Soap making Basics
Actually soap making was the first book I self published, almost 2 decades ago.
So quick review of what soap is: To make soap, fats and oils are transformed into new compounds and this is done by the actions of a strong base on the fatty acids, called saponification. The oil is saponified, turned to soap.
From Power of the Seed: The process of hydrolosis is what turns oils, lipids, into soap. The process of making soap is to saponify oil, transforming it into a new state. Hydroxide ions, lye, break apart the oil’s triglyceride structure, creating free fatty acids and glycerin. Through the action of the hydroxide ions, the free fatty acids are transformed into soap.
These strong bases go by various names, caustic soda or potash, which is NaOH, sodium hydroxide or KOH, potassium hydroxide or just plain lye. NaOH is used to make hard bars of soap while KOH is used to make liquid soaps.
And yes this is the lye that clears your drains. It is called caustic soda for a reason as it dissolves organic matter and it will break apart the fatty acids that oils are made up of. But there is no reason to be fearful. Lye is a strong base so having acidic vinegar close by and by using it on any spills or splashes will immediately neutralize the lye.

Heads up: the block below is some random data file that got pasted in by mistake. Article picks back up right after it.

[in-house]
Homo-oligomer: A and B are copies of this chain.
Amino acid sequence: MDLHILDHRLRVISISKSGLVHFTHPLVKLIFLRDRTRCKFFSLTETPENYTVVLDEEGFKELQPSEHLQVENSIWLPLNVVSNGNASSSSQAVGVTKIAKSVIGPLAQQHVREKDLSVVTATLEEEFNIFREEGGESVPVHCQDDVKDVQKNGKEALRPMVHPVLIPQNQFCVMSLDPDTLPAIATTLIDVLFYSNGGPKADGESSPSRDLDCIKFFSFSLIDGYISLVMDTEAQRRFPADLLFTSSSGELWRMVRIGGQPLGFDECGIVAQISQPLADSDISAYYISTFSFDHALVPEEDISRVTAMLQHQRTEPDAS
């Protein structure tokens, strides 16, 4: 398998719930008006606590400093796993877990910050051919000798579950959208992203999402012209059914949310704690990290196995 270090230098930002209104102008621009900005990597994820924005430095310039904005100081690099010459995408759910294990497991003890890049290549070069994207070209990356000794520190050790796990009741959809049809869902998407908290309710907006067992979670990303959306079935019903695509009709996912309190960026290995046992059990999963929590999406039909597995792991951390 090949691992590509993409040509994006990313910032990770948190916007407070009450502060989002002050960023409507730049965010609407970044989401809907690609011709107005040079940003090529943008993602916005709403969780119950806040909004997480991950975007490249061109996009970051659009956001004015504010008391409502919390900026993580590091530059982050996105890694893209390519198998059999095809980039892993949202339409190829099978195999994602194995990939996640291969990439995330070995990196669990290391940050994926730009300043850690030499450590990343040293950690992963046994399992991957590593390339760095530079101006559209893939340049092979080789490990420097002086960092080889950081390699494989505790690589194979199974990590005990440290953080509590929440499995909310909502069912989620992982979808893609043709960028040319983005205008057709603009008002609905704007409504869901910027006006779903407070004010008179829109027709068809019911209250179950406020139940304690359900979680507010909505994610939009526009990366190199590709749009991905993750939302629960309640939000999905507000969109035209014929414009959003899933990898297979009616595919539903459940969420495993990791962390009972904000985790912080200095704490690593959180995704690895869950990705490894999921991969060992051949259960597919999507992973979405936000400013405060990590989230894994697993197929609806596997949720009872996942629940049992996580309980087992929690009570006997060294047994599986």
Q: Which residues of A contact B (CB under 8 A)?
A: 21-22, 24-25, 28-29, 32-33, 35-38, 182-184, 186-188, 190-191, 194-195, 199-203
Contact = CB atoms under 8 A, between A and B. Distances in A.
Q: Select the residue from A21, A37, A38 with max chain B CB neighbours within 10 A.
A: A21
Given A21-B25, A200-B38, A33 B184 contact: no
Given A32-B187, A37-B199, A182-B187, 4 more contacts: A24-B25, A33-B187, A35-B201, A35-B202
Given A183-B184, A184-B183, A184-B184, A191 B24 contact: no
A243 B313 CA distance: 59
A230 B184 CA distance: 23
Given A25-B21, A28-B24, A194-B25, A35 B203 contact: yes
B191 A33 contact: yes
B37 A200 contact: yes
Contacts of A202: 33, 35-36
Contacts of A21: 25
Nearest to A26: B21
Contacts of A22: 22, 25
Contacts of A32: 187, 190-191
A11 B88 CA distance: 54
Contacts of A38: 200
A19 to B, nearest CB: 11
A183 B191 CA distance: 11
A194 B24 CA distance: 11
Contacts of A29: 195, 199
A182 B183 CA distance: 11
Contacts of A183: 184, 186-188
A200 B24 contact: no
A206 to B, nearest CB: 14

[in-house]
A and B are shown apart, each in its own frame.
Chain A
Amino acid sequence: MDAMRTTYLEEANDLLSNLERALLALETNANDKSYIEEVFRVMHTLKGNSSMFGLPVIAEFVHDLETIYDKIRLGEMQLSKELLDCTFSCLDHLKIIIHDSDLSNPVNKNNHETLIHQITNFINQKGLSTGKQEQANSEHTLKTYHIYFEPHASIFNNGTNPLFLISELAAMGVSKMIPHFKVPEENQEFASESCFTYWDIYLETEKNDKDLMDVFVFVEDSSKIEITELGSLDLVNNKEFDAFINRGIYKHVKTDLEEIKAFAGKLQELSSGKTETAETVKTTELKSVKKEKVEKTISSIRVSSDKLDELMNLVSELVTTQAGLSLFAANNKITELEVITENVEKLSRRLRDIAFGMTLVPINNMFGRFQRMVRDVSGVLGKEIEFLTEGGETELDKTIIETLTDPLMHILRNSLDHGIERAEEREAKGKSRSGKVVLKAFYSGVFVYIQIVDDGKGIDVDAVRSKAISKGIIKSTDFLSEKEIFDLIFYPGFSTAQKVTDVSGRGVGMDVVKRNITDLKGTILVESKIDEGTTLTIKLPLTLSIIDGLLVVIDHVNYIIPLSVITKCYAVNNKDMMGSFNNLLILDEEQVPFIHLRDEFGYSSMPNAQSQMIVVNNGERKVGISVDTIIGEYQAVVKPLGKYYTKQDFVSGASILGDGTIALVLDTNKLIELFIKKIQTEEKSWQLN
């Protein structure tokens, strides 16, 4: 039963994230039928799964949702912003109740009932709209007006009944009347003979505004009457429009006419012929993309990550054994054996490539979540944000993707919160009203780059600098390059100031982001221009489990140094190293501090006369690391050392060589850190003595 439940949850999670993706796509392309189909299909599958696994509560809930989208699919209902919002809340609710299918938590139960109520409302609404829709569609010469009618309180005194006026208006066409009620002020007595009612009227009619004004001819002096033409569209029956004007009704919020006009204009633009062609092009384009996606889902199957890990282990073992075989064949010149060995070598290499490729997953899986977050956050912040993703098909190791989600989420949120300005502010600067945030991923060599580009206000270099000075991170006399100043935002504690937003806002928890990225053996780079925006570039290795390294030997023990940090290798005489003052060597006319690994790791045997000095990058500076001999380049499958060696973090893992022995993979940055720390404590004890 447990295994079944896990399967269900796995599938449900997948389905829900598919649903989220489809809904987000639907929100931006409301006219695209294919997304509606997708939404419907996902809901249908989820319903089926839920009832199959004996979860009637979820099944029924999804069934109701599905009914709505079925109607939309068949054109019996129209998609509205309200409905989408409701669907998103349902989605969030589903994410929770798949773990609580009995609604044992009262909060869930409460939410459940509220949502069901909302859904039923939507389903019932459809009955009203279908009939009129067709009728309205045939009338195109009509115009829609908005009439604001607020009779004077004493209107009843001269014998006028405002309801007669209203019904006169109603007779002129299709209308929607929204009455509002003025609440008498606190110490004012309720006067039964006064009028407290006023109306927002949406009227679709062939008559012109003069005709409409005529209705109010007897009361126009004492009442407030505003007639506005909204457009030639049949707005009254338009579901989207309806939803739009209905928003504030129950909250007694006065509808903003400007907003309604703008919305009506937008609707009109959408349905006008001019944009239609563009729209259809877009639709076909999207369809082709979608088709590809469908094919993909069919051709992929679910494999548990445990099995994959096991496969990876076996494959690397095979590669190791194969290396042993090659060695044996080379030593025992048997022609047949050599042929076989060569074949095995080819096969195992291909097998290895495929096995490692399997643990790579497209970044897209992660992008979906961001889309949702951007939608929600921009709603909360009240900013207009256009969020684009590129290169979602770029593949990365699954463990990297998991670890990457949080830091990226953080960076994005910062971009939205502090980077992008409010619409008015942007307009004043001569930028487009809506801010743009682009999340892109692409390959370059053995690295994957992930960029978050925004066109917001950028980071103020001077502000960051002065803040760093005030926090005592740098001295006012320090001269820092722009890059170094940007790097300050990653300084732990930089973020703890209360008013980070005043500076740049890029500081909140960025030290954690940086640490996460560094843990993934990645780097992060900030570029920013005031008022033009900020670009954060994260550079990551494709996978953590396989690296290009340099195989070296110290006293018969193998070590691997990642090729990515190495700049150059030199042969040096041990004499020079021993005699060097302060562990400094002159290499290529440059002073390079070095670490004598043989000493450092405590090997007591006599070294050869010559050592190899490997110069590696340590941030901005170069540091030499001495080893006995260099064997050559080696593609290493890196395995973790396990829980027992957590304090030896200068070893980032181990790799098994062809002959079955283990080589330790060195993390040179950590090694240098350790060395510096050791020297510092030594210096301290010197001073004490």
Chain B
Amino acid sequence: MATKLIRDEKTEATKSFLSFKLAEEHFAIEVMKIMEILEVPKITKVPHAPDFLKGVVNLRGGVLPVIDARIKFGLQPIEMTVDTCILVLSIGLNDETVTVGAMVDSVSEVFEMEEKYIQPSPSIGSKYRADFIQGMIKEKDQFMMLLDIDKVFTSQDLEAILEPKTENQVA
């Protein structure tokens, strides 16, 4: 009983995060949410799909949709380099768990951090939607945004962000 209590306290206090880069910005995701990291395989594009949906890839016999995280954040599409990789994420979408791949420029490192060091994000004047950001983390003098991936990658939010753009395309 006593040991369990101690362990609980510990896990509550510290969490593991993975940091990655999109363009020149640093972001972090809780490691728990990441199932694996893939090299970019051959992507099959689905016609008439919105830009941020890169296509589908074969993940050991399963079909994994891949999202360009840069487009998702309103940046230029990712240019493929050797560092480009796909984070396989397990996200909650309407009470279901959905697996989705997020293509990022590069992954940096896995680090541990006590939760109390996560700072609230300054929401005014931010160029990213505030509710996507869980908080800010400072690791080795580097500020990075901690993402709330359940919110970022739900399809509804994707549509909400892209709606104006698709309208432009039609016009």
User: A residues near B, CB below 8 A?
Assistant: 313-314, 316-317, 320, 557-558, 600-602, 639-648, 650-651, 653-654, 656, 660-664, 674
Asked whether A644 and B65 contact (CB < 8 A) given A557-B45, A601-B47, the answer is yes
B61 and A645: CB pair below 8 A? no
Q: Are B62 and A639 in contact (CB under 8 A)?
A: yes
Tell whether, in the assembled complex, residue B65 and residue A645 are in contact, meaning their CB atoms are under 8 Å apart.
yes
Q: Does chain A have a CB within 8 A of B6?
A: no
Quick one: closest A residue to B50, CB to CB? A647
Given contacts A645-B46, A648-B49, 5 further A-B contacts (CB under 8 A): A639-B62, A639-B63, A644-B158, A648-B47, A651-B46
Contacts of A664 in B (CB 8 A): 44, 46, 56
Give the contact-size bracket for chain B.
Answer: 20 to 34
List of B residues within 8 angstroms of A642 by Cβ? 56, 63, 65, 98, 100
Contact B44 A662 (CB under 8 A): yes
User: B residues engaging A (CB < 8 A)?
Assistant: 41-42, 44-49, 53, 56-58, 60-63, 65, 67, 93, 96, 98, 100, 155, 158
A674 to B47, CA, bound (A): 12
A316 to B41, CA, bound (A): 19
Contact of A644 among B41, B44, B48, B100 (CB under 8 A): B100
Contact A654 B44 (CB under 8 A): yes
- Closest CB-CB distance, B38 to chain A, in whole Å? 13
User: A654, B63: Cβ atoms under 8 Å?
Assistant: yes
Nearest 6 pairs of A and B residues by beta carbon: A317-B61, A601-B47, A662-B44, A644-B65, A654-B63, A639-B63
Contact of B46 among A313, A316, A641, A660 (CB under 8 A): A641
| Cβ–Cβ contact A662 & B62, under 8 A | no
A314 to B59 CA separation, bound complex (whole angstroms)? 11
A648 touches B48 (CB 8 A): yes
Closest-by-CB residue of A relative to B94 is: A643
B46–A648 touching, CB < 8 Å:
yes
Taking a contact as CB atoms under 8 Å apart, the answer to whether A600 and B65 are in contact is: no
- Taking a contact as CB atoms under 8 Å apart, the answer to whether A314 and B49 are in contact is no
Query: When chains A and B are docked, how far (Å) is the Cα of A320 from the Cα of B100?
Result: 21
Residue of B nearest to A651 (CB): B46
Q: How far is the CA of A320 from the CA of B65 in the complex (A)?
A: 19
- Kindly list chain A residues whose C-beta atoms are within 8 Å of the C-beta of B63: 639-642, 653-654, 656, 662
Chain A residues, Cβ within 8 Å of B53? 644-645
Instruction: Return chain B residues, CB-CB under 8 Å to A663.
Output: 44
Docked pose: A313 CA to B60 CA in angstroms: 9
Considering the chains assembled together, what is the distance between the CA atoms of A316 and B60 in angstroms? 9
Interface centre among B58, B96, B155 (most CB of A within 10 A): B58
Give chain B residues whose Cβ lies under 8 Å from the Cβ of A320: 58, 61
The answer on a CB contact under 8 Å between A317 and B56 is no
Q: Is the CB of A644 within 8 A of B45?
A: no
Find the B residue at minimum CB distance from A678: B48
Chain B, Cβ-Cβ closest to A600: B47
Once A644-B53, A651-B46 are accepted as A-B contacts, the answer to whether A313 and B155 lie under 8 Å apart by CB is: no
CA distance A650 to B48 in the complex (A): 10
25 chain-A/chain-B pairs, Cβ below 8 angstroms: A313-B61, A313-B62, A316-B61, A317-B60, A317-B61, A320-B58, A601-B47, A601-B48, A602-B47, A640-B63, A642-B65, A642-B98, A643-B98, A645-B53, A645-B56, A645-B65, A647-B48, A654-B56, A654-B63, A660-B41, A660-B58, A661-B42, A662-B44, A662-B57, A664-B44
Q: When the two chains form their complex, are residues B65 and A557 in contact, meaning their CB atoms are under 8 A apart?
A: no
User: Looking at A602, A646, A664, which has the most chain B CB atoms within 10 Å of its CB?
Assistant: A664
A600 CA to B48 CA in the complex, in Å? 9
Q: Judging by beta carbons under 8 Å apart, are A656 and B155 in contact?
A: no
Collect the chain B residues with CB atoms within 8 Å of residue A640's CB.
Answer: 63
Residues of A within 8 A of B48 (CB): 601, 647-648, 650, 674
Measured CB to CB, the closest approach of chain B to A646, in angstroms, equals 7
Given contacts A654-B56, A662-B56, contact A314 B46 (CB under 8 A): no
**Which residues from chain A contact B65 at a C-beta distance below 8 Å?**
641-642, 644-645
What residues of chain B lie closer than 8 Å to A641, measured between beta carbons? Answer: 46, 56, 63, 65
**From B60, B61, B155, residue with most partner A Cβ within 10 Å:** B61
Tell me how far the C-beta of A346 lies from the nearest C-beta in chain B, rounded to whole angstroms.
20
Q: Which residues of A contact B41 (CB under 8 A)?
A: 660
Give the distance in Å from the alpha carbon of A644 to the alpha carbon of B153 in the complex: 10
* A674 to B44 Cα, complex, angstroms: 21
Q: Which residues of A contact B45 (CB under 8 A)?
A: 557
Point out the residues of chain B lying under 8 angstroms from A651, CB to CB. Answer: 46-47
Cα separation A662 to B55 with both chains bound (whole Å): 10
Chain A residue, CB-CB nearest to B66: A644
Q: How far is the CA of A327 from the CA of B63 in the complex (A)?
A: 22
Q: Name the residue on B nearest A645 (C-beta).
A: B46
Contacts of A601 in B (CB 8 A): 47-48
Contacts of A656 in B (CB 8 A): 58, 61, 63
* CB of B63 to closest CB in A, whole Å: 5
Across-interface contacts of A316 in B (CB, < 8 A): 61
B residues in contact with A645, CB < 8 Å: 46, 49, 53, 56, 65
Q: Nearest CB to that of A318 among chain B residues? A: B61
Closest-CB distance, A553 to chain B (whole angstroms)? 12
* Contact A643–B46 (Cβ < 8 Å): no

Each oil has what is known as a saponification value, or SAP value—the number of milligrams of potassium hydroxide, KOH needed to turn the oil into soap. Therefore when formulating a soap recipe each oil to be used must be calculated for its own SAP value and converted by anther calculation for NaOH for bar soap. This can easily be done on a spread sheet.
When calculating a soap recipe a small percentage of lye 8 to 15% can be deducted from the total to leave some oil unsaponified which makes the bars less drying on the skin. Some oil has been left out of the saponification process. Another common practice is to superfat the soap by adding more oil at the end before pouring into a mold to supply even more unsaponified oil.
In the process of making soap, oils and butters are melted and combined in one pan and the lye dissolved in water in another, when at similar temperatures the lye is poured into the oil combination and stirred until the solution forms what is known as the trace, which is like heavy cream. Then it is poured into molds and left to finish saponifying in a warm place. After 24 to 48 hours it can be cut into bars and left to finish curing.